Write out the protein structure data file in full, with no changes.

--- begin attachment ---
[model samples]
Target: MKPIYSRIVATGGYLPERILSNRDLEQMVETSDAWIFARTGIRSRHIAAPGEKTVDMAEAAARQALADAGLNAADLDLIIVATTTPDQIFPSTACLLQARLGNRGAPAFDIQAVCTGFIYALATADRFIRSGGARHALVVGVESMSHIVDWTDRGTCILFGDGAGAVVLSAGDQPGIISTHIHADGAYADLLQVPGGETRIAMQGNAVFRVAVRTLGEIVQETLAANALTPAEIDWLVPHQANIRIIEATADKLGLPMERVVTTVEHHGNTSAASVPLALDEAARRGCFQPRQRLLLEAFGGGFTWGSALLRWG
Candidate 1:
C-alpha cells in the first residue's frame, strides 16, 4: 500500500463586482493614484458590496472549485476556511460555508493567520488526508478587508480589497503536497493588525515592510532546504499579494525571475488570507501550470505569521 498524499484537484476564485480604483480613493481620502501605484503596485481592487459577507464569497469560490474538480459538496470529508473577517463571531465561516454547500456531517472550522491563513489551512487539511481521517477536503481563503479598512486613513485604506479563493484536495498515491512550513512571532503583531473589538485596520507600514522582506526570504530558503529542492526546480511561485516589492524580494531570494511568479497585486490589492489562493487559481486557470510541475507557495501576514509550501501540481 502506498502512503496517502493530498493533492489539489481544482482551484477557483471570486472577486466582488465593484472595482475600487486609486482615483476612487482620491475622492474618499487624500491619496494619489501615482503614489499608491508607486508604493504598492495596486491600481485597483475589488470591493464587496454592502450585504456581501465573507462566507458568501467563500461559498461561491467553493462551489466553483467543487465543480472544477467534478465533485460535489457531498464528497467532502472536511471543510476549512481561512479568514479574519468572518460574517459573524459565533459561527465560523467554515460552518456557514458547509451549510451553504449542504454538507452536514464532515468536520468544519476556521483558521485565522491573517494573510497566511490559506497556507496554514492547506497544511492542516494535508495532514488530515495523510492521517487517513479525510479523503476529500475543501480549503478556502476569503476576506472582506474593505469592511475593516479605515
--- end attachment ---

[model samples]
Target: MKPIYSRIVATGGYLPERILSNRDLEQMVETSDAWIFARTGIRSRHIAAPGEKTVDMAEAAARQALADAGLNAADLDLIIVATTTPDQIFPSTACLLQARLGNRGAPAFDIQAVCTGFIYALATADRFIRSGGARHALVVGVESMSHIVDWTDRGTCILFGDGAGAVVLSAGDQPGIISTHIHADGAYADLLQVPGGETRIAMQGNAVFRVAVRTLGEIVQETLAANALTPAEIDWLVPHQANIRIIEATADKLGLPMERVVTTVEHHGNTSAASVPLALDEAARRGCFQPRQRLLLEAFGGGFTWGSALLRWG
Candidate 1:
C-alpha cells in the first residue's frame, strides 16, 4: 500500500463586482493614484458590496472549485476556511460555508493567520488526508478587508480589497503536497493588525515592510532546504499579494525571475488570507501550470505569521 498524499484537484476564485480604483480613493481620502501605484503596485481592487459577507464569497469560490474538480459538496470529508473577517463571531465561516454547500456531517472550522491563513489551512487539511481521517477536503481563503479598512486613513485604506479563493484536495498515491512550513512571532503583531473589538485596520507600514522582506526570504530558503529542492526546480511561485516589492524580494531570494511568479497585486490589492489562493487559481486557470510541475507557495501576514509550501501540481 502506498502512503496517502493530498493533492489539489481544482482551484477557483471570486472577486466582488465593484472595482475600487486609486482615483476612487482620491475622492474618499487624500491619496494619489501615482503614489499608491508607486508604493504598492495596486491600481485597483475589488470591493464587496454592502450585504456581501465573507462566507458568501467563500461559498461561491467553493462551489466553483467543487465543480472544477467534478465533485460535489457531498464528497467532502472536511471543510476549512481561512479568514479574519468572518460574517459573524459565533459561527465560523467554515460552518456557514458547509451549510451553504449542504454538507452536514464532515468536520468544519476556521483558521485565522491573517494573510497566511490559506497556507496554514492547506497544511492542516494535508495532514488530515495523510492521517487517513479525510479523503476529500475543501480549503478556502476569503476576506472582506474593505469592511475593516479605515